I have tried to reflect upon the significance of my Fellowship, what it meant to me and what it will mean in my future, and I have come to the conclusion that it may be months before I have any notion.
For this past year, I have loved the challenge of the steep learning curve in an environment where everything was new and different. I loved the availability of voluminous information and the variety of topics I learned about. My casual interest in water policy turned into a significant part of my issue portfolio, and it was actually that area in which I had the greatest influence in the office.
I loved becoming an adopted daughter of Colorado and learning the locations, the issues, and the people. I can’t count the number of times that constituents asked if I was from Colorado and I had to remind myself that technically, I had never lived in that state. Eventually, I felt that I had earned the right to count myself as a Coloradan, and would discuss issues that “we” faced.
Learning how the government does or does not work gave me a greater appreciation for my own rights and responsibilities as a citizen. I know that I have a right to meeting with the staffs of my Senators and Representative, and that it is my responsibility to let them know how I feel about issues that are important to me. I also understand some of the work required to create a common goal and to move forward. Likewise I appreciate that some people are unlikely ever to get on board.
When I started in the Senator’s office, I had a laundry list of experiences I wanted to have. Some of them happened (going out onto the floor, helping to prepare a briefing, managing a bill), and some of them didn’t (staffing the Senator in a hearing, writing a piece of legislation.) Some opportunities came and were completely unexpected (working with the regional staff at the Army Corps of Engineers on coordinating several water projects), but I tried to leap at every chance that I had. In improvisation, the rule is to always say yes. I said yes as often as possible during my fellowship.
I was determined to get as much mileage out of my Senate staff ID as I could, so although I rarely had business in the Capitol, I enjoyed going for walks to stretch my legs. Knowing that I wanted to show friends and family around the Capitol when they visited, I studied up on the history and stories of Capitol Hill, which meant that I thought about those stories every time I passed through. I especially loved knowing how to navigate through the labyrinth of tunnels connecting the buildings, and I wandered through those as often as possible. Twice I took advantage of my Library of Congress reader’s card and spent several hours working in the Main Reading Room, which was delightful. I can also take credit for starting the Fellows on a campaign of setting up tours behind the scenes of DC establishments such as the Smithsonians or the Senate Majority Leader’s office. Our class is convinced that we set a new standard for leveraging unusual events.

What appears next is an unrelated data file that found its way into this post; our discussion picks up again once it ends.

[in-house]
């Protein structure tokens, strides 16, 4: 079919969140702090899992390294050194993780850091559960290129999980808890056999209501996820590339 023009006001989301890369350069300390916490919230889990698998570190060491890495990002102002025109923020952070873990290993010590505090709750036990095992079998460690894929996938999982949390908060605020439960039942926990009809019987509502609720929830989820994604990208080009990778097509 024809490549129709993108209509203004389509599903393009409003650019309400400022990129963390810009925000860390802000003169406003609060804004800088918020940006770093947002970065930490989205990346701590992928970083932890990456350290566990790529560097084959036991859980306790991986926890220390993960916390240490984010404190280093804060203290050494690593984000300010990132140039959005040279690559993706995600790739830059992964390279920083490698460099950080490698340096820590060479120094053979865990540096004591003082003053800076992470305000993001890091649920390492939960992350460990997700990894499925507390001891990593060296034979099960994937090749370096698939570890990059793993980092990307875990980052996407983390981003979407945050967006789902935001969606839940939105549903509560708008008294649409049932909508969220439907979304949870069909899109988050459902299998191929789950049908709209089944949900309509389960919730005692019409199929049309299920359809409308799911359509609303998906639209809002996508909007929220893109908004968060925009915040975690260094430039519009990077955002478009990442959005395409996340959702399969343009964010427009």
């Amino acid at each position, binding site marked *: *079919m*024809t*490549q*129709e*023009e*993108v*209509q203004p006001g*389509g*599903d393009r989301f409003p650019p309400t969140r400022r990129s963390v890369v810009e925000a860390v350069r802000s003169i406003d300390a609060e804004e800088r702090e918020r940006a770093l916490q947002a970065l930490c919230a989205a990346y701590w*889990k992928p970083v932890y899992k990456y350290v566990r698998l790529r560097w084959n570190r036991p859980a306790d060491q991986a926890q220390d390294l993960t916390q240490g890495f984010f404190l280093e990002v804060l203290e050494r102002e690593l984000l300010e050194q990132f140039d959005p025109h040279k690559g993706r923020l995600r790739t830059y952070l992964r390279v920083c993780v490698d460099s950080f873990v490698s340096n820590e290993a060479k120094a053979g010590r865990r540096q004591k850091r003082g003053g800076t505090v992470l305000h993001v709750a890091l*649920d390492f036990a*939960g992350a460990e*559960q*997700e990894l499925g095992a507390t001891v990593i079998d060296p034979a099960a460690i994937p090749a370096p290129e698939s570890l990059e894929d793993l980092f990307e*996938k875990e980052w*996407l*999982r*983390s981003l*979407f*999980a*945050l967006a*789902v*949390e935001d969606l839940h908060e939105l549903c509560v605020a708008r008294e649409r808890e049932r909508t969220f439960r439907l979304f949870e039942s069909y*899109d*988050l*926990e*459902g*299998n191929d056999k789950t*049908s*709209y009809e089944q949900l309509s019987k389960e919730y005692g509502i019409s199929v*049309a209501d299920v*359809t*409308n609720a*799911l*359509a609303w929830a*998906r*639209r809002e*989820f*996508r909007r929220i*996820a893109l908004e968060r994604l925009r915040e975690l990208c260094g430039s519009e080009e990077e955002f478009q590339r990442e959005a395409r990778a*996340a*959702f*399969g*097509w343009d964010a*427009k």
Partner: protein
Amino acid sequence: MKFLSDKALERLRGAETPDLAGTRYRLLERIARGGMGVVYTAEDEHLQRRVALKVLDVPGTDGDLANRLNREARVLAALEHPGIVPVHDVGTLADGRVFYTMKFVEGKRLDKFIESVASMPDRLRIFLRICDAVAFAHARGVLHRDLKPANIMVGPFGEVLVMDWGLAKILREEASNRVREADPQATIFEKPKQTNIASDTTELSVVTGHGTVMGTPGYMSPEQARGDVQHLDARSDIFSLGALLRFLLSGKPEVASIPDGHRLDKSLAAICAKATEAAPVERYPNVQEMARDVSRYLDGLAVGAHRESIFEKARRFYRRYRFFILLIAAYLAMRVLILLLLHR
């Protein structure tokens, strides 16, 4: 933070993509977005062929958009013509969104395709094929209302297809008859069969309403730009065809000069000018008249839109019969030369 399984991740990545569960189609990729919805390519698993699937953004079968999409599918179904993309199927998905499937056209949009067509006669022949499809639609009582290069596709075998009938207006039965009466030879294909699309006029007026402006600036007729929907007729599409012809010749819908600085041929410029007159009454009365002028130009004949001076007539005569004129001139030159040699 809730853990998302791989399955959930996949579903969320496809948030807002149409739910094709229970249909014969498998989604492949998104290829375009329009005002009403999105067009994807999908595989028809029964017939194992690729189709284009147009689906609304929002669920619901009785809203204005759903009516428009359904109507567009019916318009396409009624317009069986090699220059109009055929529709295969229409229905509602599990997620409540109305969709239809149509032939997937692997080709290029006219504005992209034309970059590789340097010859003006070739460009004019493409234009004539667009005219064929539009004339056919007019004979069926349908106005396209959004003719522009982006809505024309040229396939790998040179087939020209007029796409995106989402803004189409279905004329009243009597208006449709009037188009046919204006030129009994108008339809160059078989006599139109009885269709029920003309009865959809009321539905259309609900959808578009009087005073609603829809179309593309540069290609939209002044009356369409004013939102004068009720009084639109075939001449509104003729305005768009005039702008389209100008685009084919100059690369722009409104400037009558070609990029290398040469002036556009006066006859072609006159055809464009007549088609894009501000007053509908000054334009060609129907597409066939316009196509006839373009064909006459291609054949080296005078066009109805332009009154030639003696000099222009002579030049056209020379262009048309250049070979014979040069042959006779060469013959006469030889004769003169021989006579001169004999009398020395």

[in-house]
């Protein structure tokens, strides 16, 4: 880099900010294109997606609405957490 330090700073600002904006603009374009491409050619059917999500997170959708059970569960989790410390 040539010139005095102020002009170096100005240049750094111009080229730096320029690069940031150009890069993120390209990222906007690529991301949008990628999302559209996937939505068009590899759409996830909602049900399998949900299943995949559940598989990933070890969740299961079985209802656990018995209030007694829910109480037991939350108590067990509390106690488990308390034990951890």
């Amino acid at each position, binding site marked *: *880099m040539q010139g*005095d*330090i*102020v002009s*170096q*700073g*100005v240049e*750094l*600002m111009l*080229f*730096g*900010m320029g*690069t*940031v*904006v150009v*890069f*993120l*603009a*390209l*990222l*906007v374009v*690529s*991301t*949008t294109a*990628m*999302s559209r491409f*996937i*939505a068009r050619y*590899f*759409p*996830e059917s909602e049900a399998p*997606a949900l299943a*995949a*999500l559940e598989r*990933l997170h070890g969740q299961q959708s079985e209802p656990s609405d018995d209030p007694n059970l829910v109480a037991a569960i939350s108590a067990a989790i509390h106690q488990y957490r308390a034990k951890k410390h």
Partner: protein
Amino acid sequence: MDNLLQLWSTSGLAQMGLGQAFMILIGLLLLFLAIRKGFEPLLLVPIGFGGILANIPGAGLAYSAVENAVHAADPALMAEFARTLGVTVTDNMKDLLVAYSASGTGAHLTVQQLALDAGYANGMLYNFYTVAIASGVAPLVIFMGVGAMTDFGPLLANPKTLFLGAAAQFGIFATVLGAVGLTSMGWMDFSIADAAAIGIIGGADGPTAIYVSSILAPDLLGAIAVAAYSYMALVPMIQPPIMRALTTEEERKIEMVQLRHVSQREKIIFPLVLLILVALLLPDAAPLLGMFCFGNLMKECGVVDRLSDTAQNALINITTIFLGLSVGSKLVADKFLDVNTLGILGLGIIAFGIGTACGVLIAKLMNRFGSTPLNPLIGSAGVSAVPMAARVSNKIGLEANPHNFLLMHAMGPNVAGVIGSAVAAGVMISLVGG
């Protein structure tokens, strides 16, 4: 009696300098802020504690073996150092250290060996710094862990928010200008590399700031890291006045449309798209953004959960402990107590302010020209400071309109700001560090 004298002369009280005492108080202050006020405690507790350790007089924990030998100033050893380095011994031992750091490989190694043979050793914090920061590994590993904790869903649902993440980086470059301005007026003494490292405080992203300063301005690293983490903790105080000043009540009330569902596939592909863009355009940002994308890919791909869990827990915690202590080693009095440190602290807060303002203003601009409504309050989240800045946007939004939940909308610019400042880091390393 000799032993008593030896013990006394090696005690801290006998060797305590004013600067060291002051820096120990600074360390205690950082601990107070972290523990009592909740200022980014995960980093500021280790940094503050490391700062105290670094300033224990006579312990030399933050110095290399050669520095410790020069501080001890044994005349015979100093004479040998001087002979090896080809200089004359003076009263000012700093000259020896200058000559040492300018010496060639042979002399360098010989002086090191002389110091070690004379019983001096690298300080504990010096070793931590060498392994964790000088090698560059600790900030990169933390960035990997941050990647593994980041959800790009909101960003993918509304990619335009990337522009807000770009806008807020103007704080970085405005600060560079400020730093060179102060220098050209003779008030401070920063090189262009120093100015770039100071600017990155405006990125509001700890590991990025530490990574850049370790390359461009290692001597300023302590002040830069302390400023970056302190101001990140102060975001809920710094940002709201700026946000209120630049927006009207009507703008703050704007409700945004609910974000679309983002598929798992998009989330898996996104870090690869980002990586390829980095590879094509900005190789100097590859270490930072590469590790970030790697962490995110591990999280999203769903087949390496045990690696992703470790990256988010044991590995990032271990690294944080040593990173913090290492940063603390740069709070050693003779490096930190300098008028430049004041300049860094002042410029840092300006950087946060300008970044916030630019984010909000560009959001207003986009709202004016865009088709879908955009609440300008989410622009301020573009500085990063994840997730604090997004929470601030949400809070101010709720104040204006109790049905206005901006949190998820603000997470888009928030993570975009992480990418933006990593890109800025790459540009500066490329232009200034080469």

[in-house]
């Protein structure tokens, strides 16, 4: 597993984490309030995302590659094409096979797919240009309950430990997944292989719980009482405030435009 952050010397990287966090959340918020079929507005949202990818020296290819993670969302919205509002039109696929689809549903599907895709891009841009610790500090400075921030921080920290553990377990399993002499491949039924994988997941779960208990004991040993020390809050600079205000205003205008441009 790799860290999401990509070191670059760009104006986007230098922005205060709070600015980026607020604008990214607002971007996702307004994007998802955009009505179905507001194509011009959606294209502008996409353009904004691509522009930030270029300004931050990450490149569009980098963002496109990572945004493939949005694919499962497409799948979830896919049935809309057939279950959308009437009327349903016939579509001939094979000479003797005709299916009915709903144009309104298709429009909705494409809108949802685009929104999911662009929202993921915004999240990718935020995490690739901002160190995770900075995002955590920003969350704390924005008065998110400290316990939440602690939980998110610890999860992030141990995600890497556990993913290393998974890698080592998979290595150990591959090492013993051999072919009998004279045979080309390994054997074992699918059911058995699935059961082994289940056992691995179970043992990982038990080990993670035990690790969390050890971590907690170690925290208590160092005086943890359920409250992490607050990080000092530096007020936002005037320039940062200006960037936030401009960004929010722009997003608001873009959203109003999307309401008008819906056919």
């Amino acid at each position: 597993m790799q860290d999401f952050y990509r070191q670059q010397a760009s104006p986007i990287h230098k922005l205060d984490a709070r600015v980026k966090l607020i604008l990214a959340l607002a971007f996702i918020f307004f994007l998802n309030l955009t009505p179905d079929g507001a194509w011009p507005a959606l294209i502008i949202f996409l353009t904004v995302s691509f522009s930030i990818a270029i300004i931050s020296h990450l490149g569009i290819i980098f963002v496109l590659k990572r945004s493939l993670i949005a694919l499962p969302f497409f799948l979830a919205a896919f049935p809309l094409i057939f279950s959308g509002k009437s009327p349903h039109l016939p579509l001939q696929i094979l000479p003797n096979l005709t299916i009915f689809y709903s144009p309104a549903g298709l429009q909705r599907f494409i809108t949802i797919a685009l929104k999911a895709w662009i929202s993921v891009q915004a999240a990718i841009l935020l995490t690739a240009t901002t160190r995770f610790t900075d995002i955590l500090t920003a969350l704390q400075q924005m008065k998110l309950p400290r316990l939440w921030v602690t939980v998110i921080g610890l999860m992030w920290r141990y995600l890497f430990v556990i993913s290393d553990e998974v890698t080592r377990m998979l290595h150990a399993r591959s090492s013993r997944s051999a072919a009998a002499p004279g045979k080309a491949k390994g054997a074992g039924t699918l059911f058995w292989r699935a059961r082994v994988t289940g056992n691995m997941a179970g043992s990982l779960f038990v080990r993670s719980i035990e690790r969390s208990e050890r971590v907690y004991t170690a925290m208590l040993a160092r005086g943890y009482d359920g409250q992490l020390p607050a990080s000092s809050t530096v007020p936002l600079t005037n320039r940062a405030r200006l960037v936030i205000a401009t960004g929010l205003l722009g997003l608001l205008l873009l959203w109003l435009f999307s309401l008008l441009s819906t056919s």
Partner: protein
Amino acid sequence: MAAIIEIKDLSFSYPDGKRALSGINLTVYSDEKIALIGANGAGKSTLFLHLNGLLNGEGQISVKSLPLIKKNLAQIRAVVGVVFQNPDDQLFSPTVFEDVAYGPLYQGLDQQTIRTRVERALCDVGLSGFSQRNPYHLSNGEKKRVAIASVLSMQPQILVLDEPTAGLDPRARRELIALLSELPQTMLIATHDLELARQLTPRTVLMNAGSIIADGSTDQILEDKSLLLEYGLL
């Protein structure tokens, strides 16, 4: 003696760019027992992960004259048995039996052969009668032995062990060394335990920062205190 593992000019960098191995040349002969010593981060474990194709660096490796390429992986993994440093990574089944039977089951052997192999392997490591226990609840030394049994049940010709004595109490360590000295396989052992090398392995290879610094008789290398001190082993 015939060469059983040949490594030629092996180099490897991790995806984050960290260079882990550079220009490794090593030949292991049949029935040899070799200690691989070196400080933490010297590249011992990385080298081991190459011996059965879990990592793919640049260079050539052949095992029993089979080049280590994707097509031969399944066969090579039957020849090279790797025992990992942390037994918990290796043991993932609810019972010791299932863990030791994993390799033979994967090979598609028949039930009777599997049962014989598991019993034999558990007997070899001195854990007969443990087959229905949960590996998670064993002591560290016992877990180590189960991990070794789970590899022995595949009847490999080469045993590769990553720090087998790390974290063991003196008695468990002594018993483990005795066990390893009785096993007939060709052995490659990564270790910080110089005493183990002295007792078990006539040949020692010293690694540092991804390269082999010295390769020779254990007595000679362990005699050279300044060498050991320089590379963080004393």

Unlike the majority of my fellow Fellows, I knew that I was returning home after a year, which did influence how I spent my time. I sought out experiences that were different or extraordinary rather than the standard circuit of Smithsonians. I tried to live like a native and attend events such as the Post Hunt or Christmas tea at the Willard Hotel as well as the White House fall and spring garden tours and the White House Christmas tour. I made sure to go out, to see, to do. I probably wined and dined less than an average DC native, but I think I had more adventures. I cherished the opportunity of walking the Mall whenever I wanted and learning that each time I found a different memorial that held special meaning on that day. I loved the luxury of walking behind the White House whenever I was in the area, simply because I could. After an entire year, I never lost the joy of my daily walk heading toward the Capitol dome and realizing that I had the privilege of working there.
Some of you have heard me say that in the first several months of my fellowship, I decided that courage was a habit. I had to learn so much so quickly and I have had to accomplish tasks for which I had little idea of how to begin that doing something new is far less intimidating than it used to be. I have less need to know everything before I start on a new project, task, outing, or adventure; I’m confident that I’ll figure it out as I go.
I could not have done a year in DC without the unflagging support of my Beloved Husband, who held down the fort at home. I am so glad that he made an effort to join me for special events such as the Inauguration as well as quite a few opportunities to explore the soft underbelly of the Capitol where even many staffers don’t go. His favorite memory of this year in DC was the night of Memorial Day concert, which we watched from the balcony of the Capitol. Just before the end of the concert, my BH wandered off and ended up in the Rotunda entirely alone. Having navigated through many a crowd of tourists, that solitude in a magnificent space was one of his most marvelous privileges.
I expanded into entirely new areas of science and nature, met wonderful people, reveled in nerdiness, made lifelong friendships, and had amazing adventures. My fellowship was everything I had hoped for and so much more. My world has gotten bigger. I’ve loved these days.